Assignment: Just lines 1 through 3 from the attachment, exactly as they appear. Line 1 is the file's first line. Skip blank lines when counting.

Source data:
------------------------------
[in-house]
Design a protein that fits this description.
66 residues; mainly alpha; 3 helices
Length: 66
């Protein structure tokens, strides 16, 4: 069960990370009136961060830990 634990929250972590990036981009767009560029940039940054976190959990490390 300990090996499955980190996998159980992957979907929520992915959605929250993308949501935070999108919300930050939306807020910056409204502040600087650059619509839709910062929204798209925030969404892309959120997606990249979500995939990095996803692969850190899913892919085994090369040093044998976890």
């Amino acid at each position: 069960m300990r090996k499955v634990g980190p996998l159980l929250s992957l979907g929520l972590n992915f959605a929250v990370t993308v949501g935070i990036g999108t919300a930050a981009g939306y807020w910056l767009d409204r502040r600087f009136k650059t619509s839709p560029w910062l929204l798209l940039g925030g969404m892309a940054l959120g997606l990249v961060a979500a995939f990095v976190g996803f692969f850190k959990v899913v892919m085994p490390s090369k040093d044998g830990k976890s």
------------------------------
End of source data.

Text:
[in-house]
Design a protein that fits this description.
66 residues; mainly alpha; 3 helices